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The Long Take, Or, A Way to Lose More Slowly

The Long Take, Or, A Way to Lose More Slowly

Book - 2018
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Walker, a young Canadian recently demobilised after war and his active service in the Normandy landings and subsequent European operations. Suffering from post-traumatic stress disorder, and unable to face a return to his family home in rural Nova Scotia, he goes in search of freedom, change, anonymity and repair. We follow Walker through a sequence of poems as he moves through post-war American cities of New York, Los Angles and San Francisco.
Publisher: New York : Alfred A. Knopf, 2018
Edition: First American edition
ISBN: 9780525655213
Branch Call Number: 821.914 R548L 2018
Characteristics: 237 pages : illustrations, map ; 20 cm
Alternative Title: Way to lose more slowly


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Dec 30, 2019

I’ll tell you a bit of what this book is about: war, ptsd, violence, city life and culture, city real estate development, racism, paranoia, anti-communism, loss, homelessness, film noir, coyote, the many qualities of light, dark, shade. And this is just a bit of it. It sounds like a shopping list. But the book is anything but an empty list of “issues” touched on and then shelved. Instead the author integrates it all into an unbelievably dense collection of intimate and interrelated connections. I couldn’t put it down. The hero Walker, exhibits the best of the noir anti-hero, brutally honest, fearless, suffering. The best book of fiction (cross between prose and poetry) of the year for me. The book’s epigraph says in Gaelic: “cos cheum nach gabh tilleadh”, which my handy but crude Google translator tells me means something like “a non-returnable path’ or “a step that is not possible to return from” (my spins on Google’s translate). READ IT!

May 06, 2019

"The Long Take: A Noir Narrative" weaves together two series of events, both as lived by one man. Walker fought in World War II, at D-Day and other major, European battles. Most of his time in this book is spent in California, Los Angeles and San Francisco. He relives the war, experiencing post-traumatic stress disorder, while the place in Los Angeles where he lives is destroyed to build freeways and parking lots. The noir of the subtitle is not the drama and tropes of a noir movie, but rather the noir movies he goes to the theatre to see, as well as the many times he bumps into the making of the films or their creators on the streets of Los Angeles. If you are a noir film follower, you will run into many noir films with which you are familiar. Occasionally, Walker also reminisces on his young life growing up in Nova Scotia, where he knows he would never again fit. The violence of the destruction of the city life of Los Angeles he knows, destroyed to create mainly freeways and parking lots, and the violence of opposing armies destroying cities and countryside in the war in Europe, come together. They become the "long take" of the book. It is written in free verse, and one can even not notice the line breaks and stanza structure that formalize it as poetry on the page. It is a riveting narrative of life's disruptions that can be read without pause. It does not have a story plot as such, however the impact will last long after you finish the book.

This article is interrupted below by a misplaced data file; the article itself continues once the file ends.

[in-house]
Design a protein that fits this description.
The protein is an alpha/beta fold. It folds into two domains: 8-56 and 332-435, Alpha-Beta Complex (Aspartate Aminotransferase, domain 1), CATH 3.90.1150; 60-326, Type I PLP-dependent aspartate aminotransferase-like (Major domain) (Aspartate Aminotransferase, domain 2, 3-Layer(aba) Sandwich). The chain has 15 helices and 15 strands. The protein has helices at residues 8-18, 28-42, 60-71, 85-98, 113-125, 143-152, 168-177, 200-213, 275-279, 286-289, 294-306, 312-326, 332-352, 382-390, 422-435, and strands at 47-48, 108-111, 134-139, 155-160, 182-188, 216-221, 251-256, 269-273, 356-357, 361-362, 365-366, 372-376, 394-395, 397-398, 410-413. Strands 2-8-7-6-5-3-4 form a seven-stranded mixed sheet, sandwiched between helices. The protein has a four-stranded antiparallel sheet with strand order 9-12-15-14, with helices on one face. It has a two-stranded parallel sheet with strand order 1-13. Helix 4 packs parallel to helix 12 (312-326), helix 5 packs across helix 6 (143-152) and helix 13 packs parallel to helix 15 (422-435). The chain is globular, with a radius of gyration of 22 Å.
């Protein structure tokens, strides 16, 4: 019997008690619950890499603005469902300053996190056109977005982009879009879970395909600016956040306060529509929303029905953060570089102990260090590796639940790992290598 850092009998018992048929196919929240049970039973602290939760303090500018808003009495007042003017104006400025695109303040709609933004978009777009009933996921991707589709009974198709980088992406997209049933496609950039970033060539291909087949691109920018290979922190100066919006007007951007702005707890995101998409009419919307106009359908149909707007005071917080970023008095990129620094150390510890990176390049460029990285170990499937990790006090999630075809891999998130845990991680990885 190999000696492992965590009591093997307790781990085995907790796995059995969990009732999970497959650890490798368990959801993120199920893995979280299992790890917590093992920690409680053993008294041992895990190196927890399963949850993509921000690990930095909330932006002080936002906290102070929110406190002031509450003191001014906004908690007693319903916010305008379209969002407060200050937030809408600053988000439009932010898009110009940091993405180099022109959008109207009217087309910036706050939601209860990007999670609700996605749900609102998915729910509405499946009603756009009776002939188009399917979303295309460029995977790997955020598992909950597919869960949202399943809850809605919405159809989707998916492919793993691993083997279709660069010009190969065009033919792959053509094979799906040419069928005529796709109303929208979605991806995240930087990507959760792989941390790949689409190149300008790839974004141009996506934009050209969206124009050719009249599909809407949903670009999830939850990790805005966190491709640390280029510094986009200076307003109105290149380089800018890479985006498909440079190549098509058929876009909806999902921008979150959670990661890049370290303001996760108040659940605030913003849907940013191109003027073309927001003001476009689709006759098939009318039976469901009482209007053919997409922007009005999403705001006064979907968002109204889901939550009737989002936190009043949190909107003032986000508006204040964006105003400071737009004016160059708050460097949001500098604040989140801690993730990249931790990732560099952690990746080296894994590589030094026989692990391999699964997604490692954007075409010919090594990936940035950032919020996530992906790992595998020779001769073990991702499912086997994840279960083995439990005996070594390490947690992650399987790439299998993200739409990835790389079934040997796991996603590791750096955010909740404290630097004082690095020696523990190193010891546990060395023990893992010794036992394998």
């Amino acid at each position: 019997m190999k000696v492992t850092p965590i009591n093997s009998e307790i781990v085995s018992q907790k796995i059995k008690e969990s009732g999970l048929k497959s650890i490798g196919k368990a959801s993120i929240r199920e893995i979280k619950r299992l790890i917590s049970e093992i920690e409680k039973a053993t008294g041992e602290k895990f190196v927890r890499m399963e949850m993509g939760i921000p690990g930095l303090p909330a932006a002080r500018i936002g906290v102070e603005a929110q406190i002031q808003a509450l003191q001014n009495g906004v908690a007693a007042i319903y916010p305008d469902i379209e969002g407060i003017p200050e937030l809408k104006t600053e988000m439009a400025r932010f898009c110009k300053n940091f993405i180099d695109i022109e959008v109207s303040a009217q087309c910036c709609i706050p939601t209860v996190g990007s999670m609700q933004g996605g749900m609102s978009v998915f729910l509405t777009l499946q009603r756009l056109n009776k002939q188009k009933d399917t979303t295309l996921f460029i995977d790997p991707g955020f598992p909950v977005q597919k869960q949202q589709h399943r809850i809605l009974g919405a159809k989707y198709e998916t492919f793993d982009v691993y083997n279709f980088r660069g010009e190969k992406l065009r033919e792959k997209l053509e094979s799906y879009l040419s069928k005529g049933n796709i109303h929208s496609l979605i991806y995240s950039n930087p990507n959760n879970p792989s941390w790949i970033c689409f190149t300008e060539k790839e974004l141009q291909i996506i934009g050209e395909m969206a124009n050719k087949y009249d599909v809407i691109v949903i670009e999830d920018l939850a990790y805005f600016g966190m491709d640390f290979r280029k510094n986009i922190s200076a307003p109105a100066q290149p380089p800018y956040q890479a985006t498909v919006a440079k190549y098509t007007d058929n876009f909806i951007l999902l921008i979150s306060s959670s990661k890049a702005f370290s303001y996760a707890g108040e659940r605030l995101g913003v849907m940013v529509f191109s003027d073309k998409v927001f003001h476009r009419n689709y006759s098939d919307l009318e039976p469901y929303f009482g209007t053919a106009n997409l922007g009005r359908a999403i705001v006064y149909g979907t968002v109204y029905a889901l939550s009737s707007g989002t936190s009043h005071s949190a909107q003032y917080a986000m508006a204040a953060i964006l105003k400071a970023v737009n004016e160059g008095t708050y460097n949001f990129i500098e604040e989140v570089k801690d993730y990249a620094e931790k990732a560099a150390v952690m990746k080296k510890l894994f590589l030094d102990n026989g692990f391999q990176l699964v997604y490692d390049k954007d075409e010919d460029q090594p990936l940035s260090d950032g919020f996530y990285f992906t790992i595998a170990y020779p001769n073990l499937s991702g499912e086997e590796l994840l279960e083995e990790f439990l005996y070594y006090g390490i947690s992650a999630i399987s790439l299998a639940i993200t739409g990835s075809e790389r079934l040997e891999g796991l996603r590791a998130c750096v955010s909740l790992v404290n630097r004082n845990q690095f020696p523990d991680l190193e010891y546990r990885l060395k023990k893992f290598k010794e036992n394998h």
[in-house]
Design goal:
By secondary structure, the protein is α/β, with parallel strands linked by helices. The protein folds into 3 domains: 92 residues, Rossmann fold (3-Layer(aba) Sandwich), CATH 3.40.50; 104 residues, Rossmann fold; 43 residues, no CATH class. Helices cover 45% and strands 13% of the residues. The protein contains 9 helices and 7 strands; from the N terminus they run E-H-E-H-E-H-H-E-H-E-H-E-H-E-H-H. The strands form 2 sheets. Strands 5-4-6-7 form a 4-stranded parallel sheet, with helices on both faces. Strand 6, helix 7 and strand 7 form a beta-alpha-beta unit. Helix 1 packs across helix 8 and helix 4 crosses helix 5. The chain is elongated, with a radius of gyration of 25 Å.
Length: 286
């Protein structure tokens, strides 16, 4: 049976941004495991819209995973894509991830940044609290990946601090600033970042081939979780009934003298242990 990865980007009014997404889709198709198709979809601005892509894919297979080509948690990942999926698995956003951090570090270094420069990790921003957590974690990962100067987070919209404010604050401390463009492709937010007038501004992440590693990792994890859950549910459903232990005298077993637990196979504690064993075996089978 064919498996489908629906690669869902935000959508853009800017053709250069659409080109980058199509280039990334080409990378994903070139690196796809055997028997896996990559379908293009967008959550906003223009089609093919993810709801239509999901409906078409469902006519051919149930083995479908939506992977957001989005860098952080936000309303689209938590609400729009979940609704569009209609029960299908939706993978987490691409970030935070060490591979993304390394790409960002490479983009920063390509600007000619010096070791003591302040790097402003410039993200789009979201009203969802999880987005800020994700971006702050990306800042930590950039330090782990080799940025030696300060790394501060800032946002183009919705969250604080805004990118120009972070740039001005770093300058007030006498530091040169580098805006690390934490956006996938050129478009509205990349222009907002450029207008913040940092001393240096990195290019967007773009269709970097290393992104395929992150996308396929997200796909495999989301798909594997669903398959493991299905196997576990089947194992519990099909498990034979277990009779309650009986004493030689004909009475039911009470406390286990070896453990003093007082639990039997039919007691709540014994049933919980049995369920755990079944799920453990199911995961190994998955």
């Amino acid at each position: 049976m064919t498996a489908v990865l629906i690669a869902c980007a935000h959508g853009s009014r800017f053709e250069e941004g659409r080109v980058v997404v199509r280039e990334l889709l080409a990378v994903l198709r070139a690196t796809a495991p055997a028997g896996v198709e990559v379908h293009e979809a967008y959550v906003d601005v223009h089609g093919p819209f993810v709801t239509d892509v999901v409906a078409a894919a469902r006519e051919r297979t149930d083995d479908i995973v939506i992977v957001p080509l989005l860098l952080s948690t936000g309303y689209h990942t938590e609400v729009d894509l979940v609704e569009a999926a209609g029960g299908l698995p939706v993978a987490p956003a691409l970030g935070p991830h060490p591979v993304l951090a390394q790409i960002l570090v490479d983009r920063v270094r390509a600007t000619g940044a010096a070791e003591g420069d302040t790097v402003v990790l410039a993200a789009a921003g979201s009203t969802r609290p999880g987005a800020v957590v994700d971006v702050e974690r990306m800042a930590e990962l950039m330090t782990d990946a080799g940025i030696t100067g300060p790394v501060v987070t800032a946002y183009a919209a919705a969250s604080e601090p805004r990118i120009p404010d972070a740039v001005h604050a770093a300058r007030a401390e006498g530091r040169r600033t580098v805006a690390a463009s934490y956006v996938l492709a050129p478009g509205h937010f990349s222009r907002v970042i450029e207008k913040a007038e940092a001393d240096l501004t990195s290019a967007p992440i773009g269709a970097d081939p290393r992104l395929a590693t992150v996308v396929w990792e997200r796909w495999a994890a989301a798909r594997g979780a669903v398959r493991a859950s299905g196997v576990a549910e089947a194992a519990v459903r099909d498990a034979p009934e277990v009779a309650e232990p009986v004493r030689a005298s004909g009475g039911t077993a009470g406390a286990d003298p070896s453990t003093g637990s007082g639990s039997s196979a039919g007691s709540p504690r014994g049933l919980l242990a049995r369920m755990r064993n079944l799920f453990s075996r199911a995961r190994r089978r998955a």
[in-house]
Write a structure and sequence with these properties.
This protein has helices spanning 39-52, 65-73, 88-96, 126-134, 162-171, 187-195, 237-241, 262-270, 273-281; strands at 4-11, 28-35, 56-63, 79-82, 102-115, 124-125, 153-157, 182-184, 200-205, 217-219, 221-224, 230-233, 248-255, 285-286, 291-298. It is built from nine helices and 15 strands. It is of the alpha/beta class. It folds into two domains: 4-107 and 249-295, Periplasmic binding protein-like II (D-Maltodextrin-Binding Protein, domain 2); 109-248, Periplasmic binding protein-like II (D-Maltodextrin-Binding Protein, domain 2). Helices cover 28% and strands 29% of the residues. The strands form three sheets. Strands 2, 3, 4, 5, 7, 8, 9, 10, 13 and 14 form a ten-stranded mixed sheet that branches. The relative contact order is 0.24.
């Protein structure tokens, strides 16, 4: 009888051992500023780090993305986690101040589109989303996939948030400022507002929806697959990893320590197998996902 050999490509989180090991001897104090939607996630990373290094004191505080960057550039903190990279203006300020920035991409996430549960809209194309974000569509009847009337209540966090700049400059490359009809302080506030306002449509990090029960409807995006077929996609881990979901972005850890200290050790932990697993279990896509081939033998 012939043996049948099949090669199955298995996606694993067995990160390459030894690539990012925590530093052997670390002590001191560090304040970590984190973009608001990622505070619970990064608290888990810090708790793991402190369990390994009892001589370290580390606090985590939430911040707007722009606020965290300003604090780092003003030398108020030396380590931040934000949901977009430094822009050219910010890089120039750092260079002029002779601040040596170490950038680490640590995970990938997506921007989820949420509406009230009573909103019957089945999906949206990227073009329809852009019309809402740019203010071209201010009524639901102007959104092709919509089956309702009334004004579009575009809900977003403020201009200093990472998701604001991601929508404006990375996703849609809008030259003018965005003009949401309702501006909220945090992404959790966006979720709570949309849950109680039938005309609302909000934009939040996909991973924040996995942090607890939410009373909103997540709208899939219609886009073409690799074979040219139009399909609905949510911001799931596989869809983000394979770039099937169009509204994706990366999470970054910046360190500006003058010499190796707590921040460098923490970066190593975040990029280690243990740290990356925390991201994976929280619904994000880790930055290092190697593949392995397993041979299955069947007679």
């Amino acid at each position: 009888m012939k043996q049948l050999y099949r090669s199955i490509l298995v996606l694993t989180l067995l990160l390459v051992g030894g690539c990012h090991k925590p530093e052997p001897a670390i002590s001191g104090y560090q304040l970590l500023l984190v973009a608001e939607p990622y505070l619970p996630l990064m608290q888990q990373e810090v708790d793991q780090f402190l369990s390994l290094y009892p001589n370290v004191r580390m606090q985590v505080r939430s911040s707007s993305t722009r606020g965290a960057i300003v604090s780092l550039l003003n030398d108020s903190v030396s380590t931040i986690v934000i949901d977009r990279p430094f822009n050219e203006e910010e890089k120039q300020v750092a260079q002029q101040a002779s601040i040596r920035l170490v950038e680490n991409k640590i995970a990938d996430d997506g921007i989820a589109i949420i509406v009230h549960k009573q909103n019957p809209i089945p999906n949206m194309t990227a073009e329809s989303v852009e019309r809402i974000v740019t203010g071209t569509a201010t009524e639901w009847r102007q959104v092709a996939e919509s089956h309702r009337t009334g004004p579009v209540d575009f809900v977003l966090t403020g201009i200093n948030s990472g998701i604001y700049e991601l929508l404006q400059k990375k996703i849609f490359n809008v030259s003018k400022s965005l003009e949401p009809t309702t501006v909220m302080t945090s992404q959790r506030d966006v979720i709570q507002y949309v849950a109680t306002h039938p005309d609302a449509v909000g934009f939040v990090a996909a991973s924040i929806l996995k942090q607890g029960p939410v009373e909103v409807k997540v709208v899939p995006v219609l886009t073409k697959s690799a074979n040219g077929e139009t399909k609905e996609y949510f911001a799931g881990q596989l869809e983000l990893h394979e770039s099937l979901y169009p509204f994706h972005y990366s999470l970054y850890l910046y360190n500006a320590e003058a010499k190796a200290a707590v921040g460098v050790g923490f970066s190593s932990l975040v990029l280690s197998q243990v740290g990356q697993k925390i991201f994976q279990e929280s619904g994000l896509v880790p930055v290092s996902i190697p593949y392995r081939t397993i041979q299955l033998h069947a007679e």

Mar 29, 2019

A must read. Very poignant. 50's L.A. could be Portland today in a lot of respects. My favorite read of 2018!


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